was that an amendment would not be made by the United Kingdom on the request of a province.

It was the fourth principle which has proven to be so controversial.  Mr. Favreau’s fourth principle was that,

… the Canadian Parliament will not request an amendment directly affecting federal-provincial relationships without prior consultation and agreement with the provinces.  This principle did not emerge as early as others but since 1907, and particularly since 1930, has gained increasing recognition and acceptance.  The nature and the degree of provincial participation in the amending process, however, have not lent themselves to easy definition. 10

Even though the principle was hedged about with a number of qualifications, it went farther than the historical evidence would justify in suggesting a practice requiring “prior consultation” and “agreement with the provinces” with respect to all amendments “affecting federal-provincial relationships”.  Who was to say what was an amendment “affecting federal-provincial relationships”?  This interpretation of history, while it may have helped to make many people comfortable with the Fulton-Favreau Formula, helped to close the first century of Confederation on a provincialist note.  Even though it did not sell the Fulton-Favreau Formula, the Fourth Principle came back to haunt the Government of Canada and its lawyers in recent years.  When we argued in the Senate Reference in 1979 that the Parliament of Canada had the power to abolish or substantially alter the Senate of Canada, Favreau’s Fourth Principle was cited by the Supreme Court as evidence that amendments “affecting federal-provincial relationships” — and they thought Senate Reform was one of these — could not be made without the agreement of the provinces.  Mr. Favreau’s words of 1965 were used by the Court as evidence of the intention of the United Kingdom Parliament in 1949 when it assigned to the Federal Parliament certain powers of constitutional amendment. 11  Again in 1981, in the Patriation Reference, six judges of the Supreme Court who found that the patriation process being used by the Federal Government was “unconstitutional” used Favreau’s Fourth Principle as evidence of an established convention requiring provincial consent for constitutional amendments. 12  Needless to say, in both these cases counsel for the provinces which were opposing federal initiatives found Mr. Favreau’s statement to be compelling and cited it with enthusiasm to the Supreme Court.  Their enthusiasm, I might add, did not extend to certain other federal publications on the same subject, publications which stated the provincial role more narrowly. 13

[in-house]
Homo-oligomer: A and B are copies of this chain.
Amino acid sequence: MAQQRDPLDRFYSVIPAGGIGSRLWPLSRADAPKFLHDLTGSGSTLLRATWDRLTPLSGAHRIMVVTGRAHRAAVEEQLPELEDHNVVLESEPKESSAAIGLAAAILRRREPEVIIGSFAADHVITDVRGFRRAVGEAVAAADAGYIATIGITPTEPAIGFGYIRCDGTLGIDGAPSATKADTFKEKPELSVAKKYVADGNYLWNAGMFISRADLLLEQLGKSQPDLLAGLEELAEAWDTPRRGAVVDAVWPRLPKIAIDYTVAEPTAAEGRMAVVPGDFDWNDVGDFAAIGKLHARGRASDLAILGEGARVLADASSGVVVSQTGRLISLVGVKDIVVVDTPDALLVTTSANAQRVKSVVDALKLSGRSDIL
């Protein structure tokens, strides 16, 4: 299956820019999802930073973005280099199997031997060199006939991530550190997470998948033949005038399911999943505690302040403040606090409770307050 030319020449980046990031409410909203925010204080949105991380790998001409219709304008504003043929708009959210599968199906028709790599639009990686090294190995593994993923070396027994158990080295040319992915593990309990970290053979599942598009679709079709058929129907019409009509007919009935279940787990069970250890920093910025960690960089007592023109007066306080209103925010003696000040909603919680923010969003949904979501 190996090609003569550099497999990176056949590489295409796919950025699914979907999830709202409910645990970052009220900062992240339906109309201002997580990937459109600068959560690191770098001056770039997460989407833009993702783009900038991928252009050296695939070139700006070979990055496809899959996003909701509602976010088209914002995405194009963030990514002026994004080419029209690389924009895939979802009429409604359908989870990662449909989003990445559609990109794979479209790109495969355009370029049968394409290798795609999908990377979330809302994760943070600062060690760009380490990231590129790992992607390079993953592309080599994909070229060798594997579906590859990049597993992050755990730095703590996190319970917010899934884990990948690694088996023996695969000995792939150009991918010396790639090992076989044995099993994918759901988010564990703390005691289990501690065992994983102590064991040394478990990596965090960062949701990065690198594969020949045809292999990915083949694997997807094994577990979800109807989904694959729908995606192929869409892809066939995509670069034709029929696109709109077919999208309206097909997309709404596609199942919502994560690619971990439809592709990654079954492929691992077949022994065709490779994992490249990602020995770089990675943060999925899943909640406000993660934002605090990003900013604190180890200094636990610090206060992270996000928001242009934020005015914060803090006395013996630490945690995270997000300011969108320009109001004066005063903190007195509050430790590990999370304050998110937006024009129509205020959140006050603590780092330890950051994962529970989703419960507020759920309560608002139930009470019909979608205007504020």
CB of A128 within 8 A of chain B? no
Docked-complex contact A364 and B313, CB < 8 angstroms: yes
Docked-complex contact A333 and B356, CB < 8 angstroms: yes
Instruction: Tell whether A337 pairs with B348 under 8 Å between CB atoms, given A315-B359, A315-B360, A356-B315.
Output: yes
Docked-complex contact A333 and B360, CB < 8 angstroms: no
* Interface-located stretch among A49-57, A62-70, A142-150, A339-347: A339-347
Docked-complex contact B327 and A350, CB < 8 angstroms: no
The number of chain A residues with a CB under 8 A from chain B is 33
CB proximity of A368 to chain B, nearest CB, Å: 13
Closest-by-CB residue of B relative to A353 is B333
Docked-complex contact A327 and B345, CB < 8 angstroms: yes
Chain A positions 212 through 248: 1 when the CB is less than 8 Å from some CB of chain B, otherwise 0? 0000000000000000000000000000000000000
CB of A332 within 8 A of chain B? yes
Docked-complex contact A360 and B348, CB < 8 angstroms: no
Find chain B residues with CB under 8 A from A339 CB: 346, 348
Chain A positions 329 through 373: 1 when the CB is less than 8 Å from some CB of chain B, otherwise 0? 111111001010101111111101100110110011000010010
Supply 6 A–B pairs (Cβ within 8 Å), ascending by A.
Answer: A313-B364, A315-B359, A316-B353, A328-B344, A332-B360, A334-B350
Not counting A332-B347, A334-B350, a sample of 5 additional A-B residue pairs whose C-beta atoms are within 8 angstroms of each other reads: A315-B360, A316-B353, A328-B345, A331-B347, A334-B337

10. Favreau, The Amendment of the Constitution of Canada (1965) at 15.
11. Re Authority of Parliament in Relation to the Upper House [1980] 1 S.C.R. 54 at 64-5.
12. Re Resolution to Amend the Constitution [1981] 1 S.C.R. 753 at 899-901.
13. See e.g., Lalonde and Basford, The Canadian Constitution and Constitutional Amendment (1978) at 13; Chrétien, The Role of the United Kingdom in the Amendment of the Canadian Constitution (1981) at 9-15.

  »  3-13